The National Fire Service
The National Fire Service came into being on the 18th of August 1941 as a result of the Fire Services (Emergency Provisions) Act which got Royal Assent on the 22nd of May 1941. Scotland was the No. 11 Region of the National Fire Service and there were six Fire Areas in Scotland as follows :-
No. 11 (Scotland) Region.
|St. Andrews House, Edinburgh, 1.
|Principal Fire Staff Officer
|A. B. Craig, M.I.F.E.
|Fire Staff Officers & Inspectors, Grade I
|P. Dunn, O.B.E. G.I.F.E.
|W. J. Patterson M.I.F.E.
|Fire Staff Officers & Inspectors, Grade II, III.
|G. S. Draffen
|J. McIntyre (Glasgow)
|A. H. A. Murray (Welfare Inspector)
|R. B. Veitch
|R. E. Smith, (Transport Inspector)
|A. I. Greig, (Assistant Architect)
|J. McNicol, G.I.F.E. (Glasgow)
|A. Hunter, (Fire Prevention)
|W. E. Craig, (Fire Prevention Glasgow)
|W. E. Pinkerton, (Fire Prevention Glasgow)
|WESTERN No. 1
|with H.Q. in Glasgow
|No.1 Fire Force
|WESTERN No. 2
|with H.Q. in Paisley
|No.2 Fire Force
|with H.Q. in Edinburgh
|No.3 Fire Force
|with H.Q. in Dundee
|No.4 Fire Force
|with H.Q. in Aberdeen
|No.5 Fire Force
|with H.Q. in Inverness
|No.6 Fire Force
|INSPECTOR IN CHIEF Commander Aylmer Firebrace
|CHIEF OF FIRE STAFF
|ASSISTANT CHIEF OF FIRE STAFF
|CHIEF REGIONAL FIRE OFFICER (PRINCIPAL FIRE STAFF OFFICER in SCOTLAND)
|Each FIRE AREA had a FIRE FORCE
|FIRE FORCE COMMANDER
|ASSISTANT FIRE FORCE COMMANDER
|A DIVISION comprised of 100 PUMPS
|DIVISIONAL OFFICER (1 per Division)
|A COLUMN comprised of 50 PUMPS
|COLUMN OFFICER (2 per Division)
|SENIOR COMPANY OFFICER (where necessary)
|A COMPANY comprised of 10 PUMPS
|COMPANY OFFICER (10 per Division)
|A SECTION comprised of 5 PUMPS
|SECTION LEADER (20 per Division)
|LEADING FIREMAN (1 per Pump)
|700/900 gpm 100lbs pressure
|LARGE TRAILER PUMP
|300/350 gpm 100lbs pressure
|MEDIUM TRAILER PUMP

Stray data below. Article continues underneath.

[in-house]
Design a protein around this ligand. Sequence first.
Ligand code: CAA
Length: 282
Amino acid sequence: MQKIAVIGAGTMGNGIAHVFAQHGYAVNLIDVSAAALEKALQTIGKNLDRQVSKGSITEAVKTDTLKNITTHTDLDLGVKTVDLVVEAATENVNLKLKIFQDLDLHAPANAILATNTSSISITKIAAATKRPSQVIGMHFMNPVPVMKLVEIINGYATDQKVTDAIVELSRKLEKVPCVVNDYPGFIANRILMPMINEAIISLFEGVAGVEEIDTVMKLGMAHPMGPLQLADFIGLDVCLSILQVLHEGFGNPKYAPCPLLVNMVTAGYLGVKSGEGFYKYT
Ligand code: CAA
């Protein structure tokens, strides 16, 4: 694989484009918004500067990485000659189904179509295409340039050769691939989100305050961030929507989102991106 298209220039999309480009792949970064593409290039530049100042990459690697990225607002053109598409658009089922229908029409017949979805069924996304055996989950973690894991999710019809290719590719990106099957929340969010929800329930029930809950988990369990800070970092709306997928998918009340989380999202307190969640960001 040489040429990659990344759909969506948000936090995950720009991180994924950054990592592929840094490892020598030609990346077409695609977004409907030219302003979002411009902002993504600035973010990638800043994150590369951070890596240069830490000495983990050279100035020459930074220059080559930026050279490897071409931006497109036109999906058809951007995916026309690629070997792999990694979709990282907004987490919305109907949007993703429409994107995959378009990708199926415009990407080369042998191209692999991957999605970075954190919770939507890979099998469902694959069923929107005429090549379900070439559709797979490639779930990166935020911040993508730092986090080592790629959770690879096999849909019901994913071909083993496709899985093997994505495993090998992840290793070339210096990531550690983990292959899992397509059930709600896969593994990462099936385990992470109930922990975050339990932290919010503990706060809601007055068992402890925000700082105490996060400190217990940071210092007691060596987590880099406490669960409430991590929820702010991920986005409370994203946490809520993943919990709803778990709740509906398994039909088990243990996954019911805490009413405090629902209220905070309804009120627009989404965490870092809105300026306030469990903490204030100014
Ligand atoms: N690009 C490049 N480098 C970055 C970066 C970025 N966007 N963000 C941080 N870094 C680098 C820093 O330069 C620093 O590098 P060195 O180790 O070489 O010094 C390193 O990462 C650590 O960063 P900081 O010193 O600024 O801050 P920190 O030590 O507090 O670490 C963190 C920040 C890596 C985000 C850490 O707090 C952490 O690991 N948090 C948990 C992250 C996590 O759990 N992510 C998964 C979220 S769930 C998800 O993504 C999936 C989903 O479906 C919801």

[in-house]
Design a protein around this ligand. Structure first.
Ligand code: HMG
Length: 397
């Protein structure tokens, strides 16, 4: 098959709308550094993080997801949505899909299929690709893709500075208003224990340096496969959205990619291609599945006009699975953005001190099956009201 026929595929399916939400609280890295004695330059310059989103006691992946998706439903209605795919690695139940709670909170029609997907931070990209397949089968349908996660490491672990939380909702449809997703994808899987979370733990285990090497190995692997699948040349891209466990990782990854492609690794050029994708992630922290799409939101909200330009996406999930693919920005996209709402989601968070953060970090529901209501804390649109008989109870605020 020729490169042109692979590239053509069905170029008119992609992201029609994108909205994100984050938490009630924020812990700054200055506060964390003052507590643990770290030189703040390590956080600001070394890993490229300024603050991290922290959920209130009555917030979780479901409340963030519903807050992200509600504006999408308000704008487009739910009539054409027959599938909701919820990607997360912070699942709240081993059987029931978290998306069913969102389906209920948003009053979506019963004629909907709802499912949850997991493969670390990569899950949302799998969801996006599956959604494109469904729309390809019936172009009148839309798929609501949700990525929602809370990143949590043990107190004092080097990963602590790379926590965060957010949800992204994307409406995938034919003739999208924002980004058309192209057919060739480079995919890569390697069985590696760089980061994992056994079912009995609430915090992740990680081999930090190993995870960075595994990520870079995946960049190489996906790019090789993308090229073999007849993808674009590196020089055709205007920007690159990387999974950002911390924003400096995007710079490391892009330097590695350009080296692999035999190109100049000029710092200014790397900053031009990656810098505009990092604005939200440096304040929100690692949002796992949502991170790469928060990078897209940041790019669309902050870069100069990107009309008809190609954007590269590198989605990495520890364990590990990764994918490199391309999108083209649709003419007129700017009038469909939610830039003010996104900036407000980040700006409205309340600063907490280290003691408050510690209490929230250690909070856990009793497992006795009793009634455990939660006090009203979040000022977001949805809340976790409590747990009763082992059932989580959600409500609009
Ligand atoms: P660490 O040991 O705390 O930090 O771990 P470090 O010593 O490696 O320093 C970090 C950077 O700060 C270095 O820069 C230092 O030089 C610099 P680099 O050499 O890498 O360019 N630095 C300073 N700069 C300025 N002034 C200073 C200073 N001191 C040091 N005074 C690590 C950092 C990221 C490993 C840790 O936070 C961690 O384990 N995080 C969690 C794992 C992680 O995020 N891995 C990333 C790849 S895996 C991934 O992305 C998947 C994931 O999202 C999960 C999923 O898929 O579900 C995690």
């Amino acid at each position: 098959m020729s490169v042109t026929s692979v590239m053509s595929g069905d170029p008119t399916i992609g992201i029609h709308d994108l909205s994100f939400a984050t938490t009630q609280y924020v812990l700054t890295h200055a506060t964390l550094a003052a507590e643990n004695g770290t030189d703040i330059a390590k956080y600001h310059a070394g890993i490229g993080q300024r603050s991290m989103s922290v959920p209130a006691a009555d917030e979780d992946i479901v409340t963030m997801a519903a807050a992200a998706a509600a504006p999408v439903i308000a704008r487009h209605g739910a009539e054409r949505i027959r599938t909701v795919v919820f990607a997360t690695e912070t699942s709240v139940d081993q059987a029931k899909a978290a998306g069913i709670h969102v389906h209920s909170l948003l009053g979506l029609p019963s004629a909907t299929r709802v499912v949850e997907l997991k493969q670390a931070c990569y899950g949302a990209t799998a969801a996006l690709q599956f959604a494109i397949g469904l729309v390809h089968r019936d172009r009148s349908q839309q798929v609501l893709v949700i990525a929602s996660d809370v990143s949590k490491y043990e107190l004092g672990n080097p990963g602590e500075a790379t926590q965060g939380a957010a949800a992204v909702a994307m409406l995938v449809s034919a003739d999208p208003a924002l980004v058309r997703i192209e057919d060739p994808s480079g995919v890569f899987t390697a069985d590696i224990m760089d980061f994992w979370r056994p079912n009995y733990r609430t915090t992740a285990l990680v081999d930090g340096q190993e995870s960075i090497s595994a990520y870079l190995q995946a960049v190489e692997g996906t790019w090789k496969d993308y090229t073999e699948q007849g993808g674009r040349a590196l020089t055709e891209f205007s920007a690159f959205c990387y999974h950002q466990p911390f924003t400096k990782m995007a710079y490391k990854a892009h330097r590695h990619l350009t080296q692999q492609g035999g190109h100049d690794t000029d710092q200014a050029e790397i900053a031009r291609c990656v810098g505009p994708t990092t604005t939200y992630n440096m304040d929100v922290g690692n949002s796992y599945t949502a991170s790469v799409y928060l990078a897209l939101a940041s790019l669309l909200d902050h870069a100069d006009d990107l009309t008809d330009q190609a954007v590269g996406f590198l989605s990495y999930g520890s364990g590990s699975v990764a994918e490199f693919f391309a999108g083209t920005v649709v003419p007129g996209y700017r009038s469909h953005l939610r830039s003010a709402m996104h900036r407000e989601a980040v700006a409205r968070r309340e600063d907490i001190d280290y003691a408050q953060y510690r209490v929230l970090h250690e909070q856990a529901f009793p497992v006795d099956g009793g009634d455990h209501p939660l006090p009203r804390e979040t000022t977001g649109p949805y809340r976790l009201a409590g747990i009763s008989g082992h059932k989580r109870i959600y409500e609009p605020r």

|250/350 gpm Dropped
|LIGHT TRAILER PUMP
|120/150 gpm 80lbs pressure
|EXTRA HEAVY PUMP
|1100/1400 gpm Later on
NFS HELMET RANK MARKINGS
|Chief Regional Fire Officer
|Broad Red circular band and broad red bar inscribed Chief Regional Fire Officer
|Fire Force Commander
|Broad Red circular band and broad red bar inscribed Fire Force Commander
|Assistant Fire Force Commander
|Broad Red band
|2 Narrow Red bands
|1 Narrow Red band
|Senior Company Officer
|1 Narrow Red band over 1 Broad Red band
|1 Broad Red band
|2 Narrow Red bands
|1 Narrow Red band
STATION and APPLIANCE NUMBERING
Each Fire Area (or Fire Force) had INITIALS
Each Division in an Area had a LETTER
Each Sub Division a NUMBER
Each Station a LETTER
Each Appliance a NUMBER
Is South Eastern Fire Force, Division C, Sub Division 1, Station X, Appliance
The Stirrup Pump must rank with the civilian gas mask as one of the chief protective instruments evolved for the use of British civilians in the Second World War. In 1938 Treasurary approval was given for the purchase of 50,000 stirrup pumps and by the June 1940 Local authorities had received 86,000 stirrup pumps.
The Standard Drill Book was issued in February 1942.
Part-time firemen could not be required to serve, without their consent, outside their former Fire Brigade Area.
CLYDESIDE's ORDEAL BY FIRE by M. Chadwick.
In 1942 the National Fire Service requisitioned Duntrune House, five miles outside Dundee, for use as a training college. A four-storey brick tower was constructed, lawns concreted and a garage built to standard N.F.S. design to house the fire appliances.
By 1945 the property was on a care and maintenance basis and was de-requisitioned by the N.F.S. in 1946.
Good to see the garages are still being put to good use some seventy years after they were built, although the doors are not original. The tower seems to have been demolished and Duntrune House itself seems to be unused.
(From Adey Allison, January 2013.)